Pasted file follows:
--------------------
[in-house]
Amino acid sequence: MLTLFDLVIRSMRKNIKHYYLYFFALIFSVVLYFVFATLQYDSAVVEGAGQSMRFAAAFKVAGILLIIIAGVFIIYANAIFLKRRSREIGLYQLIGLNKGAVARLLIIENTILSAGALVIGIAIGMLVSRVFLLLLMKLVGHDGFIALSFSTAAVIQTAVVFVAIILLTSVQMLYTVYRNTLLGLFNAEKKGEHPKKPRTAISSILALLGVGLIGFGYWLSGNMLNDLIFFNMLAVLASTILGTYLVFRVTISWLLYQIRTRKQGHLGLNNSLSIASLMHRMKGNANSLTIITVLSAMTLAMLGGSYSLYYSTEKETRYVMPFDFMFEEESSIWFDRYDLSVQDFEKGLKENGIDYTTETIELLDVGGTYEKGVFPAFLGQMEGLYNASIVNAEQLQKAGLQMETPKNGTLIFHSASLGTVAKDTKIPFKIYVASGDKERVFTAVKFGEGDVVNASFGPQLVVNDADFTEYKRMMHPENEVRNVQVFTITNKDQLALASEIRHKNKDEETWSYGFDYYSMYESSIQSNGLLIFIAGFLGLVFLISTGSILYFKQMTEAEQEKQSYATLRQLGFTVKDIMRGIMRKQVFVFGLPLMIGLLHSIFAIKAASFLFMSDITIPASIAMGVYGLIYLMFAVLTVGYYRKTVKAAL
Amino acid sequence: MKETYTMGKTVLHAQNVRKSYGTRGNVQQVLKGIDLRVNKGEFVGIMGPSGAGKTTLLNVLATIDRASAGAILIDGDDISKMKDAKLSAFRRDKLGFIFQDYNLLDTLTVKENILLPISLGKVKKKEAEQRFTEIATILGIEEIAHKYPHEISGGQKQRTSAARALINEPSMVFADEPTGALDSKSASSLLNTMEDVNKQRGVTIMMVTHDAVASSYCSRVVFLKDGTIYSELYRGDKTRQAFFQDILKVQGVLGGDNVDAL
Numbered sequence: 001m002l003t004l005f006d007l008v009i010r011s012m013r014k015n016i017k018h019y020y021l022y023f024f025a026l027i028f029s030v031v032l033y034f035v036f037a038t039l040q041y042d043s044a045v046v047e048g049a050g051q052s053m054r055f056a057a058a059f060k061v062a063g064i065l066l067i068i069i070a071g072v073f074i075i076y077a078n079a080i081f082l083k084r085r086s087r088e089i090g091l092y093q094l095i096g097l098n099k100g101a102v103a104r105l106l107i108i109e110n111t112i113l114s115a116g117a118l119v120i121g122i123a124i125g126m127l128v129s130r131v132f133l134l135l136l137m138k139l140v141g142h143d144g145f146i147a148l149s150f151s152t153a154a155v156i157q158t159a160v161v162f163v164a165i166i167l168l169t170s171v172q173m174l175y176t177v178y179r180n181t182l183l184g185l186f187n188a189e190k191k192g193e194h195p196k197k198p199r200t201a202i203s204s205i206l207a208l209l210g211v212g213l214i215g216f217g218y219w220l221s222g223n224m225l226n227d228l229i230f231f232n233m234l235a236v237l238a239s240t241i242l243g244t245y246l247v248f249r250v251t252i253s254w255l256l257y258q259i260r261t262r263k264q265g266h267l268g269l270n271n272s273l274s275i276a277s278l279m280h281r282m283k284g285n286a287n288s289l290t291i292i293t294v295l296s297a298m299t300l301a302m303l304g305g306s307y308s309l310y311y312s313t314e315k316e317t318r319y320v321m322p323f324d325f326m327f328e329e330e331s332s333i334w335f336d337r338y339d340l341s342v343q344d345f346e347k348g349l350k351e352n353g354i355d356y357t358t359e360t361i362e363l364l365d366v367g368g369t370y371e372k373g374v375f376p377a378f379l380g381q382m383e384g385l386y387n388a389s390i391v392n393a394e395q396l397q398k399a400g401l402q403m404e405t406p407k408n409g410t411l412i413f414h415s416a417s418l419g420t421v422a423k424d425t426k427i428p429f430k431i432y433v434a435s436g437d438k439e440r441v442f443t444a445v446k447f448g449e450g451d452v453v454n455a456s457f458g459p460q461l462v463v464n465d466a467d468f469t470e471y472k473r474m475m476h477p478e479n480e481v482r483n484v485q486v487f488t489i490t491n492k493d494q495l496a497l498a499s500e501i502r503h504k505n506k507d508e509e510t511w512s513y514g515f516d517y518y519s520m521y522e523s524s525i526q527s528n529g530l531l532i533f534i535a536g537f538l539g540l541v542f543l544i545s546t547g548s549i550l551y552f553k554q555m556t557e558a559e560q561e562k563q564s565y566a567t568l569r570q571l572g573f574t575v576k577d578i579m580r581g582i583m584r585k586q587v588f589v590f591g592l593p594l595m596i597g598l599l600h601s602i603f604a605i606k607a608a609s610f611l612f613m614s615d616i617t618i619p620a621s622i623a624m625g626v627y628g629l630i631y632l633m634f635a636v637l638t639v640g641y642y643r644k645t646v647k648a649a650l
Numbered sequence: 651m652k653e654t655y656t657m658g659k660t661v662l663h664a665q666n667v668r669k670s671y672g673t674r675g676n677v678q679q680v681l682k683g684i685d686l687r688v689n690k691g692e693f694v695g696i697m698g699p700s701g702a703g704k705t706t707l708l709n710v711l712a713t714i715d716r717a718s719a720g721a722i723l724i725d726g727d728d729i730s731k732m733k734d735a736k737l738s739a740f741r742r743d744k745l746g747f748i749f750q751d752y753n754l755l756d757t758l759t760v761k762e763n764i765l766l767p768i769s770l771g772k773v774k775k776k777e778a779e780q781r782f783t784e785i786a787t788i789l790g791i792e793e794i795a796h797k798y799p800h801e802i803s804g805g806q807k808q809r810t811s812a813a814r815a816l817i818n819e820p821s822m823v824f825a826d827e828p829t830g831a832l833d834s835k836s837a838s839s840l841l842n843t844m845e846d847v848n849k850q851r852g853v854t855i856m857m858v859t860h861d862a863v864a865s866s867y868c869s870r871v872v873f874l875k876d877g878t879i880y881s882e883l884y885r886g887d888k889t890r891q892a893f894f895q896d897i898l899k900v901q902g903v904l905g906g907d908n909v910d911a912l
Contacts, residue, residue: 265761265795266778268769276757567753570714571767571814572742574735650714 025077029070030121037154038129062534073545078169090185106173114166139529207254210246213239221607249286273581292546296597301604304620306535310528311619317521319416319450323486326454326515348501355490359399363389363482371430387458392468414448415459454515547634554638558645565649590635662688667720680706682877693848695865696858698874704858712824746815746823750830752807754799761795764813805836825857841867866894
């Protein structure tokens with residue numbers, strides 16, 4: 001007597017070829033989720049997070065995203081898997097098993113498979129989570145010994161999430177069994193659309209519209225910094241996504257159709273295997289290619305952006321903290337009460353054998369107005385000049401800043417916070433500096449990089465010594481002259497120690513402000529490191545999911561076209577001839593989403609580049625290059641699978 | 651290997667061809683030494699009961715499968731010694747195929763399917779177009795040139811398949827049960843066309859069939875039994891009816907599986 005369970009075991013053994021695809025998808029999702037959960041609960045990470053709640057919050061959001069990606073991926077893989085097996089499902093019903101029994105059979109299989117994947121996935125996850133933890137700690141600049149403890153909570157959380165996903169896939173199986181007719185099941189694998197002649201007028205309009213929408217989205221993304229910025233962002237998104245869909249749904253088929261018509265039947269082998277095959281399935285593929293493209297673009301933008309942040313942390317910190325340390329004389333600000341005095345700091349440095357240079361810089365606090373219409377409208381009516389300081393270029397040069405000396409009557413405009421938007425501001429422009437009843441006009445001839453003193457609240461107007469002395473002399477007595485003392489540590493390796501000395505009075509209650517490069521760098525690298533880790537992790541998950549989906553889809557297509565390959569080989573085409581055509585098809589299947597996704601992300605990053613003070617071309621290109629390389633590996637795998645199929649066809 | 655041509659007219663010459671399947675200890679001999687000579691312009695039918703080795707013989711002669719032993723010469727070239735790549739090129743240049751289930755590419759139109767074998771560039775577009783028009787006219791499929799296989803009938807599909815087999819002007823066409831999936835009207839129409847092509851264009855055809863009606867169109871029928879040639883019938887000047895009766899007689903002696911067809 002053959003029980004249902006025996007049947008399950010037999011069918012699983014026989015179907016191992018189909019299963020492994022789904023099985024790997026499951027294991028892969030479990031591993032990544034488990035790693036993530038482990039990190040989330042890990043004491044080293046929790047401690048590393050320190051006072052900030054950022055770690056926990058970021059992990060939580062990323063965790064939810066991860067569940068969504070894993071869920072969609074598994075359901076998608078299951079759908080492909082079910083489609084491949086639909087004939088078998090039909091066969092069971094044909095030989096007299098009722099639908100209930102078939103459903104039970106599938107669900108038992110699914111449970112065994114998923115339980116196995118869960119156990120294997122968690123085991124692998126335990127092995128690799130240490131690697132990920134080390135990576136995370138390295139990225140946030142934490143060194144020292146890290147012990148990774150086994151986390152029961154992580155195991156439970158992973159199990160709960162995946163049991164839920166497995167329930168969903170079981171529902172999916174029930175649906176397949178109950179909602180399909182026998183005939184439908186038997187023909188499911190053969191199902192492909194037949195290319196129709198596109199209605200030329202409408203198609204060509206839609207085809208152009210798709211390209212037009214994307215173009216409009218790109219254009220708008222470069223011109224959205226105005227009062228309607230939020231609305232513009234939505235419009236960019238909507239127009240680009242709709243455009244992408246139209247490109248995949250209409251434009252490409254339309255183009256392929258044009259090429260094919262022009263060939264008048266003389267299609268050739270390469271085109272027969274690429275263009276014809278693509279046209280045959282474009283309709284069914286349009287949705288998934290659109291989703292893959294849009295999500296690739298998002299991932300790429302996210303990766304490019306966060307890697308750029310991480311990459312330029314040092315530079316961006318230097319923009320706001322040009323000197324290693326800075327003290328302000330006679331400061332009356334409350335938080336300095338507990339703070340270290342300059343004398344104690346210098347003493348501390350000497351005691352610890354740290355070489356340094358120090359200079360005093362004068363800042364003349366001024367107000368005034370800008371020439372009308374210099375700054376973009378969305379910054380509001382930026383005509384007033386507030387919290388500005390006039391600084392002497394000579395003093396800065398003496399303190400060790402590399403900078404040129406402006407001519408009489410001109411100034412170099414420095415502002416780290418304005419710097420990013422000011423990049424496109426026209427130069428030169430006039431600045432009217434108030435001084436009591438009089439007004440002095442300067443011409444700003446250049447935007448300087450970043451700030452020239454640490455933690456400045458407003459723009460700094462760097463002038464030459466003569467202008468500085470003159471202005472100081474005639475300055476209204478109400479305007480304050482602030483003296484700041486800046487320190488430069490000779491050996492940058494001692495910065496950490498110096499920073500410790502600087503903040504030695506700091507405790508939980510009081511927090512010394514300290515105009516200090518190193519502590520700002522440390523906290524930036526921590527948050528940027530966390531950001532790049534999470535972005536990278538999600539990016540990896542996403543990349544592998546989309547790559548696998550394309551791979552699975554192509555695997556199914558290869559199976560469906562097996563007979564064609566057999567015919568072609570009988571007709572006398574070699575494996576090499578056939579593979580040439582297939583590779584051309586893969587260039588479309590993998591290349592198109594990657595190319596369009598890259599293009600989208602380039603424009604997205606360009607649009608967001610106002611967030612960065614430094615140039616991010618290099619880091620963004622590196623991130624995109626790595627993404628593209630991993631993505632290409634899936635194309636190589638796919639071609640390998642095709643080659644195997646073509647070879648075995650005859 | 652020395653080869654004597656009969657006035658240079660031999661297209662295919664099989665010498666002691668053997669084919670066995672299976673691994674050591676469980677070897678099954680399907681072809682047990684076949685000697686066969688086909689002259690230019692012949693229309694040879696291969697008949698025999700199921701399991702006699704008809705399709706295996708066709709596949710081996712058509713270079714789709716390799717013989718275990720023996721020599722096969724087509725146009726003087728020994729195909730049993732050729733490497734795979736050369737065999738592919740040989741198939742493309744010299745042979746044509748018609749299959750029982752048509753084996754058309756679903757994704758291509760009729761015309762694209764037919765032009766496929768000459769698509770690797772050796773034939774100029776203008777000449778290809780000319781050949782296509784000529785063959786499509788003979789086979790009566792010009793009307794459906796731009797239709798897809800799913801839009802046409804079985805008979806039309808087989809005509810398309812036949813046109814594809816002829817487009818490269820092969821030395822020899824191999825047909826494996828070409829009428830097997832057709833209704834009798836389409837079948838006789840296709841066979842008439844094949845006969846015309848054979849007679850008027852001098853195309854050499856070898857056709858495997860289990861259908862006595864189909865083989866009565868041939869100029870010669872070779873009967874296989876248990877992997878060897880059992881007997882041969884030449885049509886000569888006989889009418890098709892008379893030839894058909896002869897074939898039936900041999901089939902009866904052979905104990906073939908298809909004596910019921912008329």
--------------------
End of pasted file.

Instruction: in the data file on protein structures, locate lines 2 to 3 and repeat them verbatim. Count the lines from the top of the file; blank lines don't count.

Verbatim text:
Amino acid sequence: MLTLFDLVIRSMRKNIKHYYLYFFALIFSVVLYFVFATLQYDSAVVEGAGQSMRFAAAFKVAGILLIIIAGVFIIYANAIFLKRRSREIGLYQLIGLNKGAVARLLIIENTILSAGALVIGIAIGMLVSRVFLLLLMKLVGHDGFIALSFSTAAVIQTAVVFVAIILLTSVQMLYTVYRNTLLGLFNAEKKGEHPKKPRTAISSILALLGVGLIGFGYWLSGNMLNDLIFFNMLAVLASTILGTYLVFRVTISWLLYQIRTRKQGHLGLNNSLSIASLMHRMKGNANSLTIITVLSAMTLAMLGGSYSLYYSTEKETRYVMPFDFMFEEESSIWFDRYDLSVQDFEKGLKENGIDYTTETIELLDVGGTYEKGVFPAFLGQMEGLYNASIVNAEQLQKAGLQMETPKNGTLIFHSASLGTVAKDTKIPFKIYVASGDKERVFTAVKFGEGDVVNASFGPQLVVNDADFTEYKRMMHPENEVRNVQVFTITNKDQLALASEIRHKNKDEETWSYGFDYYSMYESSIQSNGLLIFIAGFLGLVFLISTGSILYFKQMTEAEQEKQSYATLRQLGFTVKDIMRGIMRKQVFVFGLPLMIGLLHSIFAIKAASFLFMSDITIPASIAMGVYGLIYLMFAVLTVGYYRKTVKAAL
Amino acid sequence: MKETYTMGKTVLHAQNVRKSYGTRGNVQQVLKGIDLRVNKGEFVGIMGPSGAGKTTLLNVLATIDRASAGAILIDGDDISKMKDAKLSAFRRDKLGFIFQDYNLLDTLTVKENILLPISLGKVKKKEAEQRFTEIATILGIEEIAHKYPHEISGGQKQRTSAARALINEPSMVFADEPTGALDSKSASSLLNTMEDVNKQRGVTIMMVTHDAVASSYCSRVVFLKDGTIYSELYRGDKTRQAFFQDILKVQGVLGGDNVDAL